In lieu of an abstract, here is a brief excerpt of the content:

133 6 Rational Appetite and Good Sense Will and Intellect in Aquinas The intellectual dimension so prevalent in Aristotle’s account of “choice”— yet crucially fused with Augustine’s metaphysics of grace—was to find its consummate articulation in Thomas Aquinas’s Summa Theologiae, particularly in his discussion of the will in the so-called “Treatise on Man” and at the beginning of the Prima Secundae. Unlike in Aristotle’s ethics, the will now presents itself in the two distinct forms of the divine (uncreated) and the human, finite person. Both are, for Aquinas , ontologically related, specifically because the very idea of the “person” as a rational being is intelligible only on the basis of its participation in “sanctifying grace” (donum gratiae gratiam faciens). For Aquinas, that ontological framework must be accepted by all those who wish to engage in a rational and sustained exchange about pretty much anything at all. Even heretics and pagans can be engaged, within limits , provided they accept the premise of some non-contingent relation between the human and the divine. Minimally, such a relation becomes legible in the inner tele­ ological structure or purposiveness of being, a point famously set forth in the “five ways” of Quaestio 2 of the Summa.1 Thus “each and every part exists for the sake of 1. On the quinque viae, see Rudi te Velde’s scrupulous account of the first “way” in Aquinas on God, 37–63. Te Velde effectively dismantles the longstanding misreading of the “five ways” as 134 rational appetite its proper act, as the eye for the act of seeing; secondly, that the less honorable parts exist for the more honorable, as the senses for the intellect … thirdly, that all parts are for the perfection of the whole, as the matter for the form [sicut materia propter formam] … Furthermore, the whole man is on account of an extrinsic end, that being the fruition of God [ut fruatur Deo]” (ST, Ia Q 65 A 2). However distant it may seem to us now, Aquinas’s position constitutes not simply a statement of belief but, consistent with Anselm’s notion of “faith seeking understanding” (fides quaerens intellectum), concurrently enacts a commitment to reason itself. For Aquinas, the very intelligibility of any particular thing—that is, of matter concretized qua form— hinges on its teleological orientation toward a superior end. Yet if the rationality of things inheres in their relations, it does so not merely by being of instrumental use to higher creatures but also by affirming the teleological ordination of the whole: “Every creature exists for the perfection of the entire universe.”2 It bears recalling that in its root universum means “turned toward unity,” and that for Aquinas a singular being cannot be known except as something “active, self-manifesting, and self-­ communicating through action.”3 The entire “Treatise on the Work of the Six Days” (ST, Ia 65–74), as well as the “Treatise on Man” (ST, Ia QQ 75–102) that follows it, pivot on this relational model of rationality. In the case of the human being, however, some special circumstances apply and now need to be briefly recalled. First and foremost, Aquinas insists that unlike all other created beings, “rational creatures … can attain to [God] by their own operations” [quem attingere possunt sua operatione (ST, Ia Q 65 A 2)]. To understand Thomas’s conception of will and intellect is to encounter a model of personhood radically different from modern notions of individuality or subjectivity as they are consolidated under the heading of self-­ possession, self-discipline, and autonomy by the alternately neo-Stoic, anti-­ Aristotelian, and anti-clerical modern projects of Luther, Justus Lipsius, Cornelius Jansen, Descartes, Hobbes, Kant, and many others besides. Unlike the Platonic model, in which eidos and physis remain antagonists, all existence—including, especially, that of the human person—constitutes for Aquinas a vivid instantiation of the ontology of reason. Following Aristotle, he thus conceives being as the realization of a substantial form. In a daring synthesis of Aristotelian metaphysics with Augustinian spirituality, Aquinas also posits all existence as a divinely created gift­ supposed evidence of Thomas’s commitment to some version of natural theology. See also Kerr, After Aquinas, 52–72. 2. Discussion of teleology in Aquinas, and on the possibility of a non-teleological and posttheistic modeling of reason continues unabated. For the varied reception of Aquinas in twentiethcentury existentialist thought from Étienne Gilson to Heidegger to Hans Urs von Balthasar, see Kerr, After Aquinas...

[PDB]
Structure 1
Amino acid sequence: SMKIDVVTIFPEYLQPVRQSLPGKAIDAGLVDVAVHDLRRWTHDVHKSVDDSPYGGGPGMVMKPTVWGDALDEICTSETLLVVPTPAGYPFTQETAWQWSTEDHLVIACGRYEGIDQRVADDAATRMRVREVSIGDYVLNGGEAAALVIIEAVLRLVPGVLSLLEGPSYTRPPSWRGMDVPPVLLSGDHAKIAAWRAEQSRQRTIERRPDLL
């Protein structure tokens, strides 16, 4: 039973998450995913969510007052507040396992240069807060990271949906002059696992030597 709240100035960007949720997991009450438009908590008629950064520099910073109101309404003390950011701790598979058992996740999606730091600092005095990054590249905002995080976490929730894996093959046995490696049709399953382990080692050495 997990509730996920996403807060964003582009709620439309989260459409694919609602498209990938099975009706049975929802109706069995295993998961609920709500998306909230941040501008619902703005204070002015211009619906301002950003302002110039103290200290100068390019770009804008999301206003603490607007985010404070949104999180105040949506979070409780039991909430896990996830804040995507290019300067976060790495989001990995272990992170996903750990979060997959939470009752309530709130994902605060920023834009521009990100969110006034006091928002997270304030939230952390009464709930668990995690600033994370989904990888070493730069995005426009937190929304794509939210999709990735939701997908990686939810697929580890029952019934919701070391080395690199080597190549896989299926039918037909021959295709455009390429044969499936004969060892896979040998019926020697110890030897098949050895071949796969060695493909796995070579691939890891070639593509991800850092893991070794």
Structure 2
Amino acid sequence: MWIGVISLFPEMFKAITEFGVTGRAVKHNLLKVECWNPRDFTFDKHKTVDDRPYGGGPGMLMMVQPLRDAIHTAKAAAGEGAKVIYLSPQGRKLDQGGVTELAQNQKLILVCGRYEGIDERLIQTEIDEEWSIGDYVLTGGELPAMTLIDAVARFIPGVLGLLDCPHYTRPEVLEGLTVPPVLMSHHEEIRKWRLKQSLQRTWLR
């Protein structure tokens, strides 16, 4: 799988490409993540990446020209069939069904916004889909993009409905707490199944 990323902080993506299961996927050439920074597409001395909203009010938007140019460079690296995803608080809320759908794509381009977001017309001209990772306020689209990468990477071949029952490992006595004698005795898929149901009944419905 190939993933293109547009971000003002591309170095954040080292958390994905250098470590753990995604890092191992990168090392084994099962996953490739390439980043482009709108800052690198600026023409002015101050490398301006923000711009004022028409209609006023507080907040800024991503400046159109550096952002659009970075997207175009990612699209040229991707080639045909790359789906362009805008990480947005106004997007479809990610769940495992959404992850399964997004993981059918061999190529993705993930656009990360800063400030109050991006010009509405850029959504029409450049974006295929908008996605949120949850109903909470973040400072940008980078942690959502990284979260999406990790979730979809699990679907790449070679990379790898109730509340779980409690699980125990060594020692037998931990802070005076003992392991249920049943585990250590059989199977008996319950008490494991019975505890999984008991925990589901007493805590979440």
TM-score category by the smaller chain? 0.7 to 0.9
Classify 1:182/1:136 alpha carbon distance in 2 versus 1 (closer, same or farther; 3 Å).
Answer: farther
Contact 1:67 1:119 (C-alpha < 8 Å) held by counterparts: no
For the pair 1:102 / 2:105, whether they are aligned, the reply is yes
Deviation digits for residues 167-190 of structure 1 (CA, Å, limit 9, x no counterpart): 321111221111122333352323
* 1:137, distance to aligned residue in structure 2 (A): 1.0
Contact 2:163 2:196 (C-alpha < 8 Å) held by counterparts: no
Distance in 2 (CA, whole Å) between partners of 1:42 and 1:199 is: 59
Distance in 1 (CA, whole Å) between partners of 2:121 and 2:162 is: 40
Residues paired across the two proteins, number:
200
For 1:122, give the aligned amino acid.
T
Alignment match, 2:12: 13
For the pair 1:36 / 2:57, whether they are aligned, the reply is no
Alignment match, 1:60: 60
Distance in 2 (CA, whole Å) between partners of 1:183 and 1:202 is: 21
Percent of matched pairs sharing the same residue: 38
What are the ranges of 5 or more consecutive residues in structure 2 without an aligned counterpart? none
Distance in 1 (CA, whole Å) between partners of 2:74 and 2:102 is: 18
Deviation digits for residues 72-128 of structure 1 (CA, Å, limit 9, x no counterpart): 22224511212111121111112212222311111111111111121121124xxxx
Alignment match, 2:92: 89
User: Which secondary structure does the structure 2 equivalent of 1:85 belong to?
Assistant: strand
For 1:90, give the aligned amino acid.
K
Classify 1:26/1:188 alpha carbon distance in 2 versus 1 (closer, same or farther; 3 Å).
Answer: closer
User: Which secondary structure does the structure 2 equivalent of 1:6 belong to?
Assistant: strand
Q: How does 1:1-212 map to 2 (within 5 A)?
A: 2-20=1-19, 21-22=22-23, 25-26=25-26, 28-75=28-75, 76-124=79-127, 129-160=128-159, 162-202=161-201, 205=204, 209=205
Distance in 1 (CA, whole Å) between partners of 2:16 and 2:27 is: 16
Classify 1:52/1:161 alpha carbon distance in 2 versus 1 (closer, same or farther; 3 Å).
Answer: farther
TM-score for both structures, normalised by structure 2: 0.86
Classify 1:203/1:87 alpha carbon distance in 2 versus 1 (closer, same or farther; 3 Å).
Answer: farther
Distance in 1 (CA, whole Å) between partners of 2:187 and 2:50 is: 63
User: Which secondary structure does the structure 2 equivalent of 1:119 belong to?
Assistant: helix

Additional Information

Related ISBN
MARC Record
Launched on MUSE
Open Access
Back To Top

This website uses cookies to ensure you get the best experience on our website. Without cookies your experience may not be seamless.